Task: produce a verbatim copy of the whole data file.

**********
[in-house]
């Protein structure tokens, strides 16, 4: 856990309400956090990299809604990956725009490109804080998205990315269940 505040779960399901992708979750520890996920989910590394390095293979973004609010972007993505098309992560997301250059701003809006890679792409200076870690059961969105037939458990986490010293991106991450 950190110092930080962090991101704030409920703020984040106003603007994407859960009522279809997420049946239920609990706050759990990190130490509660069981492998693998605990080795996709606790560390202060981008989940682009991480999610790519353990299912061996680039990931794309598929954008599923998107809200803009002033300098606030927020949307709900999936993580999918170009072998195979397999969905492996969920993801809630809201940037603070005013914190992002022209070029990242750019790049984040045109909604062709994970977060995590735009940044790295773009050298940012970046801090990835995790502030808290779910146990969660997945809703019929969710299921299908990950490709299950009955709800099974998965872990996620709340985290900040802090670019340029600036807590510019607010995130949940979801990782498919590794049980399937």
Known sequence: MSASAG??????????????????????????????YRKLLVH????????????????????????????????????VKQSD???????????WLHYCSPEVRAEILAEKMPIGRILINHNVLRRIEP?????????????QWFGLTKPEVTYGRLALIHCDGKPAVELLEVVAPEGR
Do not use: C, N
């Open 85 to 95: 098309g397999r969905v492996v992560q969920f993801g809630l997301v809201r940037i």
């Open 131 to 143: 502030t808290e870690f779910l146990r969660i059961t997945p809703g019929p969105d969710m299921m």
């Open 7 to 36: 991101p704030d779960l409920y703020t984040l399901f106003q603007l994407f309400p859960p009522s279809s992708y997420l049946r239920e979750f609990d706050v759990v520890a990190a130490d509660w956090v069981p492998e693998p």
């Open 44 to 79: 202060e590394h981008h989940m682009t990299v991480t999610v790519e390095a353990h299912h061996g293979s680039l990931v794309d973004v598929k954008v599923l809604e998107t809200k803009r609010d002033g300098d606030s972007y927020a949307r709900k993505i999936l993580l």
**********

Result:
[in-house]
């Protein structure tokens, strides 16, 4: 856990309400956090990299809604990956725009490109804080998205990315269940 505040779960399901992708979750520890996920989910590394390095293979973004609010972007993505098309992560997301250059701003809006890679792409200076870690059961969105037939458990986490010293991106991450 950190110092930080962090991101704030409920703020984040106003603007994407859960009522279809997420049946239920609990706050759990990190130490509660069981492998693998605990080795996709606790560390202060981008989940682009991480999610790519353990299912061996680039990931794309598929954008599923998107809200803009002033300098606030927020949307709900999936993580999918170009072998195979397999969905492996969920993801809630809201940037603070005013914190992002022209070029990242750019790049984040045109909604062709994970977060995590735009940044790295773009050298940012970046801090990835995790502030808290779910146990969660997945809703019929969710299921299908990950490709299950009955709800099974998965872990996620709340985290900040802090670019340029600036807590510019607010995130949940979801990782498919590794049980399937």
Known sequence: MSASAG??????????????????????????????YRKLLVH????????????????????????????????????VKQSD???????????WLHYCSPEVRAEILAEKMPIGRILINHNVLRRIEP?????????????QWFGLTKPEVTYGRLALIHCDGKPAVELLEVVAPEGR
Do not use: C, N
């Open 85 to 95: 098309g397999r969905v492996v992560q969920f993801g809630l997301v809201r940037i």
């Open 131 to 143: 502030t808290e870690f779910l146990r969660i059961t997945p809703g019929p969105d969710m299921m």
């Open 7 to 36: 991101p704030d779960l409920y703020t984040l399901f106003q603007l994407f309400p859960p009522s279809s992708y997420l049946r239920e979750f609990d706050v759990v520890a990190a130490d509660w956090v069981p492998e693998p």
């Open 44 to 79: 202060e590394h981008h989940m682009t990299v991480t999610v790519e390095a353990h299912h061996g293979s680039l990931v794309d973004v598929k954008v599923l809604e998107t809200k803009r609010d002033g300098d606030s972007y927020a949307r709900k993505i999936l993580l």